One of the many unfortunate side effects of this week’s drama on Capitol Hill was the extent to which it effectively relegated the results of the Georgia runoffs to somewhere below the bottom of the fold.
And that’s really saying something. After all, the runoffs flipped the Senate, resulting in a unified Democratic Washington. At the same time, those elections were historic in their own right. Raphael Warnock became the first African American senator from the state, and Jon Ossoff the youngest senator elected in some four decades.
In other words: On any other day, Georgia’s Senate races would have dominated the headlines. But not on a day that featured the first armed insurrection against the US government in 160 years.
Markets being markets, equities and rates took the opposite approach of the media. Asset prices focused on the read-through from the runoffs, and the verdict was clear: Yields needed to reset higher and stocks will enjoy whatever benefits can be expected to accrue from a unified Congress receptive to policy coordination between Janet Yellen and Jerome Powell.
Democrats’ victory prompted analysts to reconsider forecasts on a number of fronts. Goldman, for example, tweaked their projections for the US economy across the board.
“With control of the House, Senate, and White House, we expect Democrats to pass further fiscal stimulus totaling about $750 billion,” the bank said, breaking things down as shown in the figure (below).
As far as the timeline, the bank expects a new bill to pass as early as mid-February.
Quite obviously, more stimulus payments will boost disposable income, although when it comes to the economically beleaguered, I tend to think “disposable” is something of a misnomer.
The figure below, from Goldman, shows a big spike in the bank’s forecast for DPI in the first quarter. That “reflects both the recently-passed $900 billion package… as well as the further $750 billion package that we expect,” the bank remarked.
And yet, Goldman doubts the immediate impact of that jump will be as dramatic as it was following the passage of the CARES Act.
Why? Well, because, as you may have noticed, the virus isn’t yet “tired of winning,” so to speak.
Goldman cited the slower-than-hoped-for rollout of vaccines and the more transmissible variant of COVID in cautioning that “state restrictions to control the virus will probably remain tight in Q1, and many households are likely to continue to cautiously avoid high-contact consumer services.”
In that context, the outlook for consumer spending isn’t as robust as it might otherwise be considering the expected boost to DPI — or at least not initially.
For Goldman, the effects of the stimulus will likely be back-loaded. While announcing a “large upgrade” to their GDP forecast, the bank said “much of it only appears in the second half of the year.” The idea, in essence, is that the personal savings rate will surge in the first quarter, and that will eventually be spent into the economy on a lag once it’s safer to engage in economic activity.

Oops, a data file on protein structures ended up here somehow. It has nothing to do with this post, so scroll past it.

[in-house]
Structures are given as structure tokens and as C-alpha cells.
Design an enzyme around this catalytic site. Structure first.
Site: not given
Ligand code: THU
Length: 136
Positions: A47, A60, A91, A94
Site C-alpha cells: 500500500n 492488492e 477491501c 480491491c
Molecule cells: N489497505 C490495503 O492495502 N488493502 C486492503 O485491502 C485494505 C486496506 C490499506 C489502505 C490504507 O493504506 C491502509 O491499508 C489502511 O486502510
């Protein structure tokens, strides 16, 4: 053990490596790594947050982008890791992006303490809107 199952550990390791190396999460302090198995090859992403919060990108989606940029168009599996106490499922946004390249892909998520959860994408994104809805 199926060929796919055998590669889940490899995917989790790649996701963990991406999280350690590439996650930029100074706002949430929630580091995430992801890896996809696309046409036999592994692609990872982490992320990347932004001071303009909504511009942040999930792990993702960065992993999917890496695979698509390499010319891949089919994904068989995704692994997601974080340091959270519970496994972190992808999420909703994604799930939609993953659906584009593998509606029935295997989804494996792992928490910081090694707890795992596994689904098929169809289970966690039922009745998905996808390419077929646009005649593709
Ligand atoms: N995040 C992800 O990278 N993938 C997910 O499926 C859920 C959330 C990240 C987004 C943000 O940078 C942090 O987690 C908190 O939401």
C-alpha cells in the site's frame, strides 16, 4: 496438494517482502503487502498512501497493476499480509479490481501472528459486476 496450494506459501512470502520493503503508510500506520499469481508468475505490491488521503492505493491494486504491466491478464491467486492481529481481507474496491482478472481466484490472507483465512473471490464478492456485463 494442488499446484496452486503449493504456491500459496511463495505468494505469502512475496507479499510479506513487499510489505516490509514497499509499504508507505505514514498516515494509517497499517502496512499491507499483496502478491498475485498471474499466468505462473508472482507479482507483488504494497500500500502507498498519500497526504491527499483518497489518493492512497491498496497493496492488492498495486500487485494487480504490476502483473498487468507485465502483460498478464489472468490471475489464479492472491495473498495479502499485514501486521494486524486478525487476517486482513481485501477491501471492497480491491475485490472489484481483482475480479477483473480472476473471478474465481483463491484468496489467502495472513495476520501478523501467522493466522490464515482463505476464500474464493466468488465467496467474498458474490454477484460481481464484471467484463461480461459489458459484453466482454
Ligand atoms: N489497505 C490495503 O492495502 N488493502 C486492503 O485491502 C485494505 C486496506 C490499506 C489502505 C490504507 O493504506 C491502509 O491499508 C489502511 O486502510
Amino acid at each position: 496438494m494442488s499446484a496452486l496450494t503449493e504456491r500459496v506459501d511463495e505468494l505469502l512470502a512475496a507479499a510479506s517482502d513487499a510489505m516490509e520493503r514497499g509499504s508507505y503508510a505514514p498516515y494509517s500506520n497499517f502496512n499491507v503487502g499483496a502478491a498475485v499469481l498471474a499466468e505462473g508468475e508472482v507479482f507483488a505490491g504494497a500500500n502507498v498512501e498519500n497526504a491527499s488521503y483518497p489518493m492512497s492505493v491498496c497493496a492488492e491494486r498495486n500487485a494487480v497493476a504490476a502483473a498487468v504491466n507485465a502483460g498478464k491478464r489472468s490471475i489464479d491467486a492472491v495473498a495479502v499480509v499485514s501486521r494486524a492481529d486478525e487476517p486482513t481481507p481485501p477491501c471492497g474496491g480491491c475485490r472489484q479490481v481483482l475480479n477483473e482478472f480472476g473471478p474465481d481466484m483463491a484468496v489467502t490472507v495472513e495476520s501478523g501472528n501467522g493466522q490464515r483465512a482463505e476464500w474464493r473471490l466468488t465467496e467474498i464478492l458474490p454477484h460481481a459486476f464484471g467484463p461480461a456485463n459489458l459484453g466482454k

Ultimately, the bank’s forecasts for the world’s largest economy are now “even further above consensus,” as they put it. Specifically, Goldman sees quarterly annualized GDP growth of “+5% / +9% / +7.5% / +5% in 2021Q1-Q4, versus our previous expectation of +5% / +8.5% / +5% / +4%.”
Consistent with the thesis briefly summarized above, the bank said it’s reasonable to expect “a boom in consumer services spending as virus fears diminish” in Q2 and Q3, when accumulated savings from new stimulus will be unleashed into a services-driven economy which, thanks to vaccine rollout, will be a much safer place.
And what of tax hikes? Aren’t they coming? And won’t they offset demand-side stimulus?
Yes and no, respectively.
As the bank explained, in straightforward terms, “we expect Democrats to eventually pass tax increases for 2022 and beyond [but] because [they] would be focused on corporations and high-income households, these tax and spending increases should net out as modestly positive for GDP.”
Of course, all of this is likely to mean a more rapid drop in the unemployment rate and a quicker pickup in inflation. That, in turn, means the normalization of Fed policy could be brought forward.
This underscores a point I’ve attempted (with varying degrees of success) to communicate over the past couple of years. It is very difficult to simultaneously argue against fiscal stimulus and for Fed normalization.
And yet, that’s what you get when you peruse some corners of the financial blogosphere. You get calls for fiscal rectitude, austerity, and simultaneously tighter monetary policy. That is a recipe for misery coming out of a recession. In fact, it’s a recipe for staying in a recession.
Fortunately, Georgia voters decided (narrowly) that the country should go in a different direction.